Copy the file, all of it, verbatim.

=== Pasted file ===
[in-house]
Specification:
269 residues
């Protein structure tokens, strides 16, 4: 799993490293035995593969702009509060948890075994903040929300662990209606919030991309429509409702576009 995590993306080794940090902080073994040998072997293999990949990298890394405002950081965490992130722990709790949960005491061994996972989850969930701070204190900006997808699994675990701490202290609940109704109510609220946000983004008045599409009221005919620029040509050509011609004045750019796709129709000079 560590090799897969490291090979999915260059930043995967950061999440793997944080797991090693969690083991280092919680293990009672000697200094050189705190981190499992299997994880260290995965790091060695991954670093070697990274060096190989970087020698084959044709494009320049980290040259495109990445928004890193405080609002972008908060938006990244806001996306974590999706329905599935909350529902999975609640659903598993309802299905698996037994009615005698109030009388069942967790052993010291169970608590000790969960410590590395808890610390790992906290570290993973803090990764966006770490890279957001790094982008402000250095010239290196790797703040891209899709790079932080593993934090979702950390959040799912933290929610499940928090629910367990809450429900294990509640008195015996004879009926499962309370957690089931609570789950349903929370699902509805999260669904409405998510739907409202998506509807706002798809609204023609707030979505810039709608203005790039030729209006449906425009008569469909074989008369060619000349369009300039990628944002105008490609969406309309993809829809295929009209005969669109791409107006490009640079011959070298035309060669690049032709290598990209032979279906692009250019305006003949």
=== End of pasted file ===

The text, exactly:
[in-house]
Specification:
269 residues
């Protein structure tokens, strides 16, 4: 799993490293035995593969702009509060948890075994903040929300662990209606919030991309429509409702576009 995590993306080794940090902080073994040998072997293999990949990298890394405002950081965490992130722990709790949960005491061994996972989850969930701070204190900006997808699994675990701490202290609940109704109510609220946000983004008045599409009221005919620029040509050509011609004045750019796709129709000079 560590090799897969490291090979999915260059930043995967950061999440793997944080797991090693969690083991280092919680293990009672000697200094050189705190981190499992299997994880260290995965790091060695991954670093070697990274060096190989970087020698084959044709494009320049980290040259495109990445928004890193405080609002972008908060938006990244806001996306974590999706329905599935909350529902999975609640659903598993309802299905698996037994009615005698109030009388069942967790052993010291169970608590000790969960410590590395808890610390790992906290570290993973803090990764966006770490890279957001790094982008402000250095010239290196790797703040891209899709790079932080593993934090979702950390959040799912933290929610499940928090629910367990809450429900294990509640008195015996004879009926499962309370957690089931609570789950349903929370699902509805999260669904409405998510739907409202998506509807706002798809609204023609707030979505810039709608203005790039030729209006449906425009008569469909074989008369060619000349369009300039990628944002105008490609969406309309993809829809295929009209005969669109791409107006490009640079011959070298035309060669690049032709290598990209032979279906692009250019305006003949």